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Zawya: $125Bn Health Check

The Middle East North Africa region is expected to spend $125-billion on healthcare by 2015 for a population of 233 million, according to AMCL.
13.09.11 | Interesting article at Zawya

MENA healthcare costs in 2009 stood at $65.6 billion in 2009 (4.3% GDP), or $315 per person, which appears to be well below the global average. The Gulf states do better with $923 per person but the figures remain vastly below the United States' $7,410 healthcare spending per individual.

While there are certainly sharp contrasts in the state of healthcare in the United States and MENA, the region's needs are fast changing and healthcare infrastructure is falling behind.

The region's increased life expectancy, high population growth, low mortality rates, higher income levels and government-regulated need for greater healthcare is set to turn the industry on its head.

Much of this growth is driven by the governments themselves. The state shoulders the majority share of healthcare costs in Algeria (86%), Qatar (80%), Kuwait (76%) and Oman (76%). On average 64% of healthcare costs are absorbed by MENA governments, while Gulf states foot 70% of their citizens' healthcare bill.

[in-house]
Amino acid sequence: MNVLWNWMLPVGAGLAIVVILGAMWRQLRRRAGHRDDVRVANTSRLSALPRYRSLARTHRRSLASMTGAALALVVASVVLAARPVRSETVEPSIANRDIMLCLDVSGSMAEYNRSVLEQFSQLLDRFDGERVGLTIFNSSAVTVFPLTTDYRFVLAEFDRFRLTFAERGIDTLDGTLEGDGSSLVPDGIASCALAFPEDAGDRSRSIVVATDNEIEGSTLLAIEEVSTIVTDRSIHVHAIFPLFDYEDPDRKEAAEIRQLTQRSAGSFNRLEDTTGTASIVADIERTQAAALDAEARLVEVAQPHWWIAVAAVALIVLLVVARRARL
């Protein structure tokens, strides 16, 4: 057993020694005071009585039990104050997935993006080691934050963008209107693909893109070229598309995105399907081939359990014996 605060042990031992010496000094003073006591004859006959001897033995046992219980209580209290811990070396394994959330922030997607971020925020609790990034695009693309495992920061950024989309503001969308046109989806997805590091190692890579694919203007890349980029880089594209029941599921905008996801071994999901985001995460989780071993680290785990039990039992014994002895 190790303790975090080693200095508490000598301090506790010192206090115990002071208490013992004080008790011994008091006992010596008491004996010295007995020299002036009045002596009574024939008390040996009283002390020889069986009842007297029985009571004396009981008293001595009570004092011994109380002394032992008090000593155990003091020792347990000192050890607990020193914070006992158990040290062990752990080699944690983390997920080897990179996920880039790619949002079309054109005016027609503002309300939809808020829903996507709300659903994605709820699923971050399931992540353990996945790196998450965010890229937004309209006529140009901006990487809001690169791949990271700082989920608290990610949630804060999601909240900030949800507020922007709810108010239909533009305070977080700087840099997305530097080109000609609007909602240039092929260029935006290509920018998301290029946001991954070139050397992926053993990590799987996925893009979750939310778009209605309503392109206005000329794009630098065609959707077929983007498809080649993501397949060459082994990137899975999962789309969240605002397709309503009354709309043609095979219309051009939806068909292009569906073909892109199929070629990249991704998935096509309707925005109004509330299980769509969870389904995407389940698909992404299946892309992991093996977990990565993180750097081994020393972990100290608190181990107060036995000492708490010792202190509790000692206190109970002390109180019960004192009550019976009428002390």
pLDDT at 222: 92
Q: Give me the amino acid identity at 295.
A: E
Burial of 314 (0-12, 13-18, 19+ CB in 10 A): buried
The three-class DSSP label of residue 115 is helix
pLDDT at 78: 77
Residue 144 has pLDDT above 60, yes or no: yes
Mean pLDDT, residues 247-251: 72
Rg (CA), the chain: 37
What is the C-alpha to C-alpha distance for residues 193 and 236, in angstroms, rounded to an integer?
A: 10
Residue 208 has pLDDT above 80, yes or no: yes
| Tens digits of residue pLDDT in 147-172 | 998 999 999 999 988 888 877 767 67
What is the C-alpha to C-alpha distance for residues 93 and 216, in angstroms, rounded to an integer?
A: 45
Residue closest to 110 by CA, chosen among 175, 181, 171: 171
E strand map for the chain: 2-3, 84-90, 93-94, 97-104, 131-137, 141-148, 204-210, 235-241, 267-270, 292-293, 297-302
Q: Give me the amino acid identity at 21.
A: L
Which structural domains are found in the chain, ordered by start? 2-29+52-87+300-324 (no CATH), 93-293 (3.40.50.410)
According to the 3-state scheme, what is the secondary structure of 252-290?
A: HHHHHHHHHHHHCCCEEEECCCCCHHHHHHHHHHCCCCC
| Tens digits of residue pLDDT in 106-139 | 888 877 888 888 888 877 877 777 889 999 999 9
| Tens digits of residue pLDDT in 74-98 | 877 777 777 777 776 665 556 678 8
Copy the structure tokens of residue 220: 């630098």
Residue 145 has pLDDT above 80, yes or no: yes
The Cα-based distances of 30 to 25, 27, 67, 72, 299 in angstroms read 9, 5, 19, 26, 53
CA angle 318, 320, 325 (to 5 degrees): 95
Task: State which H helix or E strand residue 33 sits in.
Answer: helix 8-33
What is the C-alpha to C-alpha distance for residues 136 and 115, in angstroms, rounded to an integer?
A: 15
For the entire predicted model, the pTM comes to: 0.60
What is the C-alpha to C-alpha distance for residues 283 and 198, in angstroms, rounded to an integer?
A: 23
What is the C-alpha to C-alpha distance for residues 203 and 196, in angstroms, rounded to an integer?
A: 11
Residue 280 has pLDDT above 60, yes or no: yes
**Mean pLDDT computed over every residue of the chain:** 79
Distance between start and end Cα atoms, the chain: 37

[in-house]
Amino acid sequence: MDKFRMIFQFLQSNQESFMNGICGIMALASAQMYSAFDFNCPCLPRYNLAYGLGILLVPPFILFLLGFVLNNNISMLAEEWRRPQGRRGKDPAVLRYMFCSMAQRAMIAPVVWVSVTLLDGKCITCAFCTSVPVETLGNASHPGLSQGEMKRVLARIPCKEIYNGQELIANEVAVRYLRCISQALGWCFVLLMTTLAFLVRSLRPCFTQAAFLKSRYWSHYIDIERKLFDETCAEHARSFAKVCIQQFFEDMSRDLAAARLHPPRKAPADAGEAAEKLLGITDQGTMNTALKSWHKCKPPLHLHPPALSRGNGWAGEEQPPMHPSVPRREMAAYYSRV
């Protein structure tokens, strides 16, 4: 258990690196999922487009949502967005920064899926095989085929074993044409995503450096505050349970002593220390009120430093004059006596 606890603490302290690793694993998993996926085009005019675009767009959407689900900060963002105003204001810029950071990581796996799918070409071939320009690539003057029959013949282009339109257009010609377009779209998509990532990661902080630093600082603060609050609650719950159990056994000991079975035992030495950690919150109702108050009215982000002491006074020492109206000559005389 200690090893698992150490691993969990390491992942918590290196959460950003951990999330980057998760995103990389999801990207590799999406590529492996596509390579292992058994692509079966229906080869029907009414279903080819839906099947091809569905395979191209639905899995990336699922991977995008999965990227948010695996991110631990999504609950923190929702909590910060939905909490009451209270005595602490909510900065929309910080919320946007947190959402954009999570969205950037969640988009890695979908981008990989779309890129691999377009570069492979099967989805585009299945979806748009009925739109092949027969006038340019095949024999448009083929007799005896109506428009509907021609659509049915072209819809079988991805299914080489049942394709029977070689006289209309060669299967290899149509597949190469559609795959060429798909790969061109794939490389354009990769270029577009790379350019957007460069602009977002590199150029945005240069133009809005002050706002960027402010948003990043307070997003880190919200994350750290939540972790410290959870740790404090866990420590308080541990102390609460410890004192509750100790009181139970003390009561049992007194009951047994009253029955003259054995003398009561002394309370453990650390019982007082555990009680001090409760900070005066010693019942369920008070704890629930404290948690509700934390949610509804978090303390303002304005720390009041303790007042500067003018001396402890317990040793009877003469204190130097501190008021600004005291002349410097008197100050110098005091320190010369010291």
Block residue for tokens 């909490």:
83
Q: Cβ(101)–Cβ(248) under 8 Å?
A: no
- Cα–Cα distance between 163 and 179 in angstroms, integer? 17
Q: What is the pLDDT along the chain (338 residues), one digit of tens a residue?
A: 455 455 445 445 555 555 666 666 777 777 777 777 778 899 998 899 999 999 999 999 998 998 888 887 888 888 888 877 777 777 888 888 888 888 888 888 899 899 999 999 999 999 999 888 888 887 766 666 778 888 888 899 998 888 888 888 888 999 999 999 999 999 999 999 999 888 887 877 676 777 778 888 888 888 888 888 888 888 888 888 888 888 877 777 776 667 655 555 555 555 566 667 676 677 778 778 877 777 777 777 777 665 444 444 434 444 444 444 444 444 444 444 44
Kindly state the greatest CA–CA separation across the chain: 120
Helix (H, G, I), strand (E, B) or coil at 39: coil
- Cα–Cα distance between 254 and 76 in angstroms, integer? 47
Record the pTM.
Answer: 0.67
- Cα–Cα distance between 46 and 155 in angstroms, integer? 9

Surprisingly, the Gulf states fare worse than overall MENA in a number of healthcare indicators. The number of hospital beds per 10,000 people stands at 20.6 in the Gulf, compared to 21.6 in MENA. Similarly, there are 13 physicians for 10,000 people in the Gulf, compared to 18.3 physicians in MENA.

"Healthcare expenditure in the MENA region is low both in terms of percentage of GDP and on a per capita basis. The region spends 4.3% of the GDP on healthcare; it is lower compared to the developed countries such as the US (16.2%), Canada (10.9%) and the UK (9.4%) as well as the developing BRIC nations (5.4%)," notes AMCL in its report.